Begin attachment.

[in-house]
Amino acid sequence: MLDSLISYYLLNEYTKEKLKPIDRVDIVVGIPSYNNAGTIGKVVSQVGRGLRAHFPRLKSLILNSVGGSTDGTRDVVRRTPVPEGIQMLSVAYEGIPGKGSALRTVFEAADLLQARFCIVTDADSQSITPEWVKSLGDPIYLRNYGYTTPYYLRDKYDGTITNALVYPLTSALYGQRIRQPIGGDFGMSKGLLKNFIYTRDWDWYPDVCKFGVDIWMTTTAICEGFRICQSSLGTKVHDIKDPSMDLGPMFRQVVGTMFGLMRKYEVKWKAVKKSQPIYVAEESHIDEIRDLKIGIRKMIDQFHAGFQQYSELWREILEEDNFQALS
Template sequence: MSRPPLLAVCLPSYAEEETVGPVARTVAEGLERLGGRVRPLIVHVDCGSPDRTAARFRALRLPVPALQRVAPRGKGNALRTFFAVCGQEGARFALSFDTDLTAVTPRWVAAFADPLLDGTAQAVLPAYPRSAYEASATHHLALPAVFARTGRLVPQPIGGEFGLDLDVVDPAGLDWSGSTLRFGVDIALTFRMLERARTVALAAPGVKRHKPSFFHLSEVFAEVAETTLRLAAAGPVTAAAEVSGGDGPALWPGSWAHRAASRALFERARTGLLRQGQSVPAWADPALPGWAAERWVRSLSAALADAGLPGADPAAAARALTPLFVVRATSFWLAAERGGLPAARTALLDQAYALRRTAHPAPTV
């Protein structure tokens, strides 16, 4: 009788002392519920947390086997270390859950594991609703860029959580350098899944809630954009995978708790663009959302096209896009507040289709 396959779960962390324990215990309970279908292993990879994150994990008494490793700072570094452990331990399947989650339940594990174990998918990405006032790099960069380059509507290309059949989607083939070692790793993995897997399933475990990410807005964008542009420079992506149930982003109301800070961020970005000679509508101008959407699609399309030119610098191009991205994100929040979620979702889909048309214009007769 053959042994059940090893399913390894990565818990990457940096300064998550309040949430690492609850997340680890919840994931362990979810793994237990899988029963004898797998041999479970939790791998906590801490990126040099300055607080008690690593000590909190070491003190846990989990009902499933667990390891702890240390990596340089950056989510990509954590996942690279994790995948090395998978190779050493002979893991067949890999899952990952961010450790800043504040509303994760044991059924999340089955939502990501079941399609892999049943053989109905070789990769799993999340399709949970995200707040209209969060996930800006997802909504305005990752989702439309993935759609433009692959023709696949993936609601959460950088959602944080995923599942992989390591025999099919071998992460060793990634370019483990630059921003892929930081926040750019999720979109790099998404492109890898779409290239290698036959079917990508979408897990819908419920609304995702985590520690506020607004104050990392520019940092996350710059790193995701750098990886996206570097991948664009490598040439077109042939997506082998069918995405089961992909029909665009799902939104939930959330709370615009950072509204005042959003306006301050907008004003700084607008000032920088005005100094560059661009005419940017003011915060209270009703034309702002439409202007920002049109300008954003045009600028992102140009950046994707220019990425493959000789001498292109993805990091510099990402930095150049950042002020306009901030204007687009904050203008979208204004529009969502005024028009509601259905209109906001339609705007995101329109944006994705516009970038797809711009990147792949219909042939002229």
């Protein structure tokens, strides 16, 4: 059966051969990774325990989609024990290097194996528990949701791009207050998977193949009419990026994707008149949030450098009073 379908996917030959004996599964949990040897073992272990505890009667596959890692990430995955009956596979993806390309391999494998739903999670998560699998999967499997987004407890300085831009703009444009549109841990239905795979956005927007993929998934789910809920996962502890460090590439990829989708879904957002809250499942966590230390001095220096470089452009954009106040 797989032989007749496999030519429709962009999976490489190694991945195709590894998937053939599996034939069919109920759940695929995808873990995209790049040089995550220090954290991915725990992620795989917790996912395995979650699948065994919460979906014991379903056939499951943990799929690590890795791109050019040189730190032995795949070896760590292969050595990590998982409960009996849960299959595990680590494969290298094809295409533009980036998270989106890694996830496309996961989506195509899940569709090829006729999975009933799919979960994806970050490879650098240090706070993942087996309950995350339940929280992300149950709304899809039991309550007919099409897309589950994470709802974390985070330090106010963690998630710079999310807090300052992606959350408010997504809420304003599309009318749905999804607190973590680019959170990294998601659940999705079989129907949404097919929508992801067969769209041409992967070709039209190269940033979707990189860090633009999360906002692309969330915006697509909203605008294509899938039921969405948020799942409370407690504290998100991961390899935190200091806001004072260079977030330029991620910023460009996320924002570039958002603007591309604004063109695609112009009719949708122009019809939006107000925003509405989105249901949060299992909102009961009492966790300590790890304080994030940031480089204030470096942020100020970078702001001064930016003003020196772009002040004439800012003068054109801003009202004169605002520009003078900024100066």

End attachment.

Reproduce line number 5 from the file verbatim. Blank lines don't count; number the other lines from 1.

């Protein structure tokens, strides 16, 4: 059966051969990774325990989609024990290097194996528990949701791009207050998977193949009419990026994707008149949030450098009073 379908996917030959004996599964949990040897073992272990505890009667596959890692990430995955009956596979993806390309391999494998739903999670998560699998999967499997987004407890300085831009703009444009549109841990239905795979956005927007993929998934789910809920996962502890460090590439990829989708879904957002809250499942966590230390001095220096470089452009954009106040 797989032989007749496999030519429709962009999976490489190694991945195709590894998937053939599996034939069919109920759940695929995808873990995209790049040089995550220090954290991915725990992620795989917790996912395995979650699948065994919460979906014991379903056939499951943990799929690590890795791109050019040189730190032995795949070896760590292969050595990590998982409960009996849960299959595990680590494969290298094809295409533009980036998270989106890694996830496309996961989506195509899940569709090829006729999975009933799919979960994806970050490879650098240090706070993942087996309950995350339940929280992300149950709304899809039991309550007919099409897309589950994470709802974390985070330090106010963690998630710079999310807090300052992606959350408010997504809420304003599309009318749905999804607190973590680019959170990294998601659940999705079989129907949404097919929508992801067969769209041409992967070709039209190269940033979707990189860090633009999360906002692309969330915006697509909203605008294509899938039921969405948020799942409370407690504290998100991961390899935190200091806001004072260079977030330029991620910023460009996320924002570039958002603007591309604004063109695609112009009719949708122009019809939006107000925003509405989105249901949060299992909102009961009492966790300590790890304080994030940031480089204030470096942020100020970078702001001064930016003003020196772009002040004439800012003068054109801003009202004169605002520009003078900024100066």